In this lesson you’ll have a closer look at HTTP headers. You’ll learn how to set them using
requests and have a closer look at the Accept-header.
Let’s talk about request headers. You can further customize your request. They allow you to pass a dictionary into your
GET request. One example is
Accept. With that, you can specify what is acceptable for the response.
We’re going to also say that it needs to be JSON. I’ll add some notes here. So what this is going to do is it’s going to search through the response and return an array that will tell us where that search term appears—at least, the first appearance. We’ll use the same
json_response, and from the
repository again, we’re going to just grab the first hit, the first item. We are going to change this a little bit.
All right, let’s get that top hit. Save… and let’s run it. Okay. Let’s read through this a little bit. So, what did it return? Inside of here, it shows us the repository and the
'object_type' is a
'property' being—it’s coming from the
'description'. And then the
'fragment' of the
'description', here it says the same that we looked at before—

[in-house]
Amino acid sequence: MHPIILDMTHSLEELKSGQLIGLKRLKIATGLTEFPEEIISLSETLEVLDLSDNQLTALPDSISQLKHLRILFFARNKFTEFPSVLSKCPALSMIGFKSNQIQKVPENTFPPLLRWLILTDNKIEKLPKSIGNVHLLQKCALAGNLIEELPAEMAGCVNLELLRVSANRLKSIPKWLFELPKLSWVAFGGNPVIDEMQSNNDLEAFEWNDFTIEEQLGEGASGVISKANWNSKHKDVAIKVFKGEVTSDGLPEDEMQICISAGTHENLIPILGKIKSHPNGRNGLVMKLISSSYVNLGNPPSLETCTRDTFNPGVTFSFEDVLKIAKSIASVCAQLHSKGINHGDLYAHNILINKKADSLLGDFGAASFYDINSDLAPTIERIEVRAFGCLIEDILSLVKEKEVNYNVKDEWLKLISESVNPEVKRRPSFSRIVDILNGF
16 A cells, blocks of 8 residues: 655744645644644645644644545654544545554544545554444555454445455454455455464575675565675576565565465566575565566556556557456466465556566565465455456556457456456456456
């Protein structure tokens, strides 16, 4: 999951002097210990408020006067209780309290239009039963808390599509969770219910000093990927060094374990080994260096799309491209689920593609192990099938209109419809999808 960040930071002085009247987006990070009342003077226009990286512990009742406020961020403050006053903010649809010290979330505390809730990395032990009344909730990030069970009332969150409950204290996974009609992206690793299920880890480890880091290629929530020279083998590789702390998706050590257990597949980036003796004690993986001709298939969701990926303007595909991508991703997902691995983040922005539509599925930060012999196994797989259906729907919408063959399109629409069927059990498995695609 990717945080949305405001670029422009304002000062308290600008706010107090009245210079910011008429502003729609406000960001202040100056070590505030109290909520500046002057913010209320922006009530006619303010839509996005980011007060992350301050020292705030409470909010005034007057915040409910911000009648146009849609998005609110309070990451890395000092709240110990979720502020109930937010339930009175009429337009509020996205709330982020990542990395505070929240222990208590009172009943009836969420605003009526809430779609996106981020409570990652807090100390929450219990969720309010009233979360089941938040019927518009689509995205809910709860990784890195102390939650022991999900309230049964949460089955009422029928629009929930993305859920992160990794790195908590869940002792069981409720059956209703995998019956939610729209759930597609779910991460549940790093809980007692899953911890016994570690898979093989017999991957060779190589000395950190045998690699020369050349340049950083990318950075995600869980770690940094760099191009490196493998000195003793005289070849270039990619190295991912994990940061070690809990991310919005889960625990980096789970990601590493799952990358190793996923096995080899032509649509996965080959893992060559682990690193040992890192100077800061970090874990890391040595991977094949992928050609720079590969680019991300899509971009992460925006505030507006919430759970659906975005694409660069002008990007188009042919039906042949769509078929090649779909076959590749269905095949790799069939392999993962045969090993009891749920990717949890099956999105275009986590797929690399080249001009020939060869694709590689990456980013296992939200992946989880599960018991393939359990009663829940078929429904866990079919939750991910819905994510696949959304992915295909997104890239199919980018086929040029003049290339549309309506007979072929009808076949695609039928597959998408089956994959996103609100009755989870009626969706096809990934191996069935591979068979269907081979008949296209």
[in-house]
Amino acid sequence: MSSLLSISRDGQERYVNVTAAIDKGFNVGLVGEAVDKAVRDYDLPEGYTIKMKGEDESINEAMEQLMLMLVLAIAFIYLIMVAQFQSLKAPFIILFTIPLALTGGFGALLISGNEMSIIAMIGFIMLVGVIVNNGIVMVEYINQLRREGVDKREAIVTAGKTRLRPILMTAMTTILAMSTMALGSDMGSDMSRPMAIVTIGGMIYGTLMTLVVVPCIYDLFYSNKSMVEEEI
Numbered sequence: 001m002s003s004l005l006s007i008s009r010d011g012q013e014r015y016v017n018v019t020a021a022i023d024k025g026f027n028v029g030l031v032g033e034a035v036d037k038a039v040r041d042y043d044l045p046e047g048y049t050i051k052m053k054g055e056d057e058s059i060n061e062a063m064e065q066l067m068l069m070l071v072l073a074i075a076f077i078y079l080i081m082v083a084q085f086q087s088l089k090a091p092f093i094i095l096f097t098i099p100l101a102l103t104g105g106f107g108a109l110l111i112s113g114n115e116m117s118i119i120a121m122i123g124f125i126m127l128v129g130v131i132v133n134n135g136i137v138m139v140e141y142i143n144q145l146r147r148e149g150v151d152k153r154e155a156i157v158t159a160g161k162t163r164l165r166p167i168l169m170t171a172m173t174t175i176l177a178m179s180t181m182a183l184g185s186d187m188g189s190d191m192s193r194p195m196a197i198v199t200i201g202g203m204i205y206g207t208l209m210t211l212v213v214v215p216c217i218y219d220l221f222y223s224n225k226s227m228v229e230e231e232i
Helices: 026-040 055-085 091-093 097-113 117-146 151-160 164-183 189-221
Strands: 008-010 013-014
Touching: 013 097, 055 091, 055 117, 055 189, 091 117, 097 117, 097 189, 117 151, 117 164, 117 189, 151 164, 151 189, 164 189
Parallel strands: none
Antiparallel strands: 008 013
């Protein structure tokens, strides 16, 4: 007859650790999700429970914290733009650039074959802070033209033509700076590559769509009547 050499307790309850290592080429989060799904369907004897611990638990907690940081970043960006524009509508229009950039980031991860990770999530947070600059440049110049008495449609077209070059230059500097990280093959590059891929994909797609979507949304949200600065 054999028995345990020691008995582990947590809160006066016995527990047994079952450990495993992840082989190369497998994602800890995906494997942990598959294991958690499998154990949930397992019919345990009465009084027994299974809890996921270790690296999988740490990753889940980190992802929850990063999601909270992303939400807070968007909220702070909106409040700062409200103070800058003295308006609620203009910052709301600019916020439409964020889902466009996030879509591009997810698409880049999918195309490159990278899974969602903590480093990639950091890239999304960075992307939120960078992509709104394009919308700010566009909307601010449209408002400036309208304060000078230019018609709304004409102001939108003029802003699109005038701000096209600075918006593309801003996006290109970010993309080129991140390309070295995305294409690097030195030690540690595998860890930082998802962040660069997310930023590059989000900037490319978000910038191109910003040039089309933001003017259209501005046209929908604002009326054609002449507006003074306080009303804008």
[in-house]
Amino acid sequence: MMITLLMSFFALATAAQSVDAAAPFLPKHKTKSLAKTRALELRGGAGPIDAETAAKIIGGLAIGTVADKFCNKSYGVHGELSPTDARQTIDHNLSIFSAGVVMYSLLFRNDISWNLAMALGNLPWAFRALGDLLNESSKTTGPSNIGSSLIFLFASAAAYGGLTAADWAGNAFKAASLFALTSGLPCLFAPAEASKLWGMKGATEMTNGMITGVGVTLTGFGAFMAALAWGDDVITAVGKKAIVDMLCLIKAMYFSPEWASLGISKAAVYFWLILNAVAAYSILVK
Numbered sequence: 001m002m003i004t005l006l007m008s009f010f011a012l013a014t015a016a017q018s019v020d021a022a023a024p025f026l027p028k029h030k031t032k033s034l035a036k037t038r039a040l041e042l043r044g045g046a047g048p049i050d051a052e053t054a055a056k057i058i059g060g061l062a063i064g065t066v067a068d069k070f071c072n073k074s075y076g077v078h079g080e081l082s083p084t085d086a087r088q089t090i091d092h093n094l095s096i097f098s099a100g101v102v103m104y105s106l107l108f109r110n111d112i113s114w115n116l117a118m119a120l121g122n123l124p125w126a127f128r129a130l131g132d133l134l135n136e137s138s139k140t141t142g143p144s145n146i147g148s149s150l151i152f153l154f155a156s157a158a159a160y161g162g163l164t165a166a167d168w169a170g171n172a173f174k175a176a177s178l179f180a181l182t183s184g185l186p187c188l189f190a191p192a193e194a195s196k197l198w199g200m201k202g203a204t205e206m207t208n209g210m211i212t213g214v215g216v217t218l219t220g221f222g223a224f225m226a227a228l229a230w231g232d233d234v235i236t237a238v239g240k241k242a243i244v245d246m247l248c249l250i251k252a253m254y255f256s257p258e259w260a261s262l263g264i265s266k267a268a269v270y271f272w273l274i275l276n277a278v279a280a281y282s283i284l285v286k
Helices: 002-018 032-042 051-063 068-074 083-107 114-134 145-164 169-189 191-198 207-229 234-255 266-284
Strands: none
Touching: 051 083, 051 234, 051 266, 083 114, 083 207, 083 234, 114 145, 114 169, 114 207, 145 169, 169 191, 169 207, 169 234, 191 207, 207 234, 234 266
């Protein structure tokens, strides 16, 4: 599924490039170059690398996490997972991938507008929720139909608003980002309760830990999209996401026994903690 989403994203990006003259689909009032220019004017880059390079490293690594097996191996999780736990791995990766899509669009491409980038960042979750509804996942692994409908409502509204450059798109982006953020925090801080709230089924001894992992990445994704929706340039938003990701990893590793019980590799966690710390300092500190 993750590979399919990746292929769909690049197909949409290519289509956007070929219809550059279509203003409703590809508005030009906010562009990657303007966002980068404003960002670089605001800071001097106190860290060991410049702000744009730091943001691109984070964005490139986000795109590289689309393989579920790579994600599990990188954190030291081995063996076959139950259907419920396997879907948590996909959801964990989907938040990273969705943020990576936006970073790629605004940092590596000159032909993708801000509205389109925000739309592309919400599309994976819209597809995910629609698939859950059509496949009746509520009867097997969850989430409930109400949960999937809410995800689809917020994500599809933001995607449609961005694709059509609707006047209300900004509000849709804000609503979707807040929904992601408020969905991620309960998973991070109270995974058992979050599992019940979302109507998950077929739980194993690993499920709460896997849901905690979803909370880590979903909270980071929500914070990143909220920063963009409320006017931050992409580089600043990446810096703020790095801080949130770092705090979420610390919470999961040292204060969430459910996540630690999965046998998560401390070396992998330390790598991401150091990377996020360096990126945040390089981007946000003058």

'Python HTTP Requests for Humans™'—and then the match did the text-match for the word
'Requests' and the index is from
20, so if you were to count over 12 characters and go up to 20.
So, what that would allow you to do is you could highlight where—within this
'Requests' appears. So we could do something similar, we could—I don’t know—search for maybe the term
'HTTP for Humans'.
So in that case, the
'HTTP' is from
11—being right here. Actually, it broke out the phrase
'for Humans' and that came up for the index of
31. So, just showing you another way that you could be using, in this case, headers and the
Accept header to do a little bit more of a special request.
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